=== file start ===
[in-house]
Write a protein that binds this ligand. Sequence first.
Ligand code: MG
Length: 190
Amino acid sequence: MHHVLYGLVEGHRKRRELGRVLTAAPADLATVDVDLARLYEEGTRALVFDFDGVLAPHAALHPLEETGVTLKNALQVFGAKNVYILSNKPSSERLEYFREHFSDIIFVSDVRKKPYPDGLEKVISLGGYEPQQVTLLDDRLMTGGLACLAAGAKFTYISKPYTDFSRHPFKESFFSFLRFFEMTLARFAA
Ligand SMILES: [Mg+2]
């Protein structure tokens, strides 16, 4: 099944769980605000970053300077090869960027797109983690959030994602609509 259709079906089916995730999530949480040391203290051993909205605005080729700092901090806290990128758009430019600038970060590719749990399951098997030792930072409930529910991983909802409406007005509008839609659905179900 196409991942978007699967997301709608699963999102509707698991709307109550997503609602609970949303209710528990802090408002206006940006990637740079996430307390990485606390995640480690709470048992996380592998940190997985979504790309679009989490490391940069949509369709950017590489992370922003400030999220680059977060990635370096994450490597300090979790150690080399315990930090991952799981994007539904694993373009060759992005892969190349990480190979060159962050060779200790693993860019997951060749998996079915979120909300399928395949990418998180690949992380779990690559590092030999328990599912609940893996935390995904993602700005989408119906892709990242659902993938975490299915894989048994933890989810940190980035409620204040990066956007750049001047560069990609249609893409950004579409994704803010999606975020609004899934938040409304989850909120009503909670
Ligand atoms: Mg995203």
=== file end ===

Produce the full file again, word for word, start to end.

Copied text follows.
[in-house]
Write a protein that binds this ligand. Sequence first.
Ligand code: MG
Length: 190
Amino acid sequence: MHHVLYGLVEGHRKRRELGRVLTAAPADLATVDVDLARLYEEGTRALVFDFDGVLAPHAALHPLEETGVTLKNALQVFGAKNVYILSNKPSSERLEYFREHFSDIIFVSDVRKKPYPDGLEKVISLGGYEPQQVTLLDDRLMTGGLACLAAGAKFTYISKPYTDFSRHPFKESFFSFLRFFEMTLARFAA
Ligand SMILES: [Mg+2]
């Protein structure tokens, strides 16, 4: 099944769980605000970053300077090869960027797109983690959030994602609509 259709079906089916995730999530949480040391203290051993909205605005080729700092901090806290990128758009430019600038970060590719749990399951098997030792930072409930529910991983909802409406007005509008839609659905179900 196409991942978007699967997301709608699963999102509707698991709307109550997503609602609970949303209710528990802090408002206006940006990637740079996430307390990485606390995640480690709470048992996380592998940190997985979504790309679009989490490391940069949509369709950017590489992370922003400030999220680059977060990635370096994450490597300090979790150690080399315990930090991952799981994007539904694993373009060759992005892969190349990480190979060159962050060779200790693993860019997951060749998996079915979120909300399928395949990418998180690949992380779990690559590092030999328990599912609940893996935390995904993602700005989408119906892709990242659902993938975490299915894989048994933890989810940190980035409620204040990066956007750049001047560069990609249609893409950004579409994704803010999606975020609004899934938040409304989850909120009503909670
Ligand atoms: Mg995203």